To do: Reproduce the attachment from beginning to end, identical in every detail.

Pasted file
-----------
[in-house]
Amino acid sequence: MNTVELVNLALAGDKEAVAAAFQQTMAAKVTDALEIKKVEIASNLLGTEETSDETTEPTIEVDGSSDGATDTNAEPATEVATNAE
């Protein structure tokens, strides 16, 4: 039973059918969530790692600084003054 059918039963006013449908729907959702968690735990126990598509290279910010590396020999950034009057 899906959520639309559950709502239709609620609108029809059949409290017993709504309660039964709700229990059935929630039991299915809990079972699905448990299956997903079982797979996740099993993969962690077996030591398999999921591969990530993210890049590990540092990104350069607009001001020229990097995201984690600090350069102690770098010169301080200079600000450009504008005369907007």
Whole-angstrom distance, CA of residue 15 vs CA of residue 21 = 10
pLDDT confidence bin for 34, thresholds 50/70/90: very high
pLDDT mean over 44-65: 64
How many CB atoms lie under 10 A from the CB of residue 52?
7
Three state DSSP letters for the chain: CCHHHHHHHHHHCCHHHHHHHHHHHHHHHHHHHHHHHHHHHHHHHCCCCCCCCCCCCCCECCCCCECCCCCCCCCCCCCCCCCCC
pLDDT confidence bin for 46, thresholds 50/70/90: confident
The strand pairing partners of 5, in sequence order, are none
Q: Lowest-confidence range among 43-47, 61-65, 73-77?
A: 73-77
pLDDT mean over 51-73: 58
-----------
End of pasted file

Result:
[in-house]
Amino acid sequence: MNTVELVNLALAGDKEAVAAAFQQTMAAKVTDALEIKKVEIASNLLGTEETSDETTEPTIEVDGSSDGATDTNAEPATEVATNAE
């Protein structure tokens, strides 16, 4: 039973059918969530790692600084003054 059918039963006013449908729907959702968690735990126990598509290279910010590396020999950034009057 899906959520639309559950709502239709609620609108029809059949409290017993709504309660039964709700229990059935929630039991299915809990079972699905448990299956997903079982797979996740099993993969962690077996030591398999999921591969990530993210890049590990540092990104350069607009001001020229990097995201984690600090350069102690770098010169301080200079600000450009504008005369907007």
Whole-angstrom distance, CA of residue 15 vs CA of residue 21 = 10
pLDDT confidence bin for 34, thresholds 50/70/90: very high
pLDDT mean over 44-65: 64
How many CB atoms lie under 10 A from the CB of residue 52?
7
Three state DSSP letters for the chain: CCHHHHHHHHHHCCHHHHHHHHHHHHHHHHHHHHHHHHHHHHHHHCCCCCCCCCCCCCCECCCCCECCCCCCCCCCCCCCCCCCC
pLDDT confidence bin for 46, thresholds 50/70/90: confident
The strand pairing partners of 5, in sequence order, are none
Q: Lowest-confidence range among 43-47, 61-65, 73-77?
A: 73-77
pLDDT mean over 51-73: 58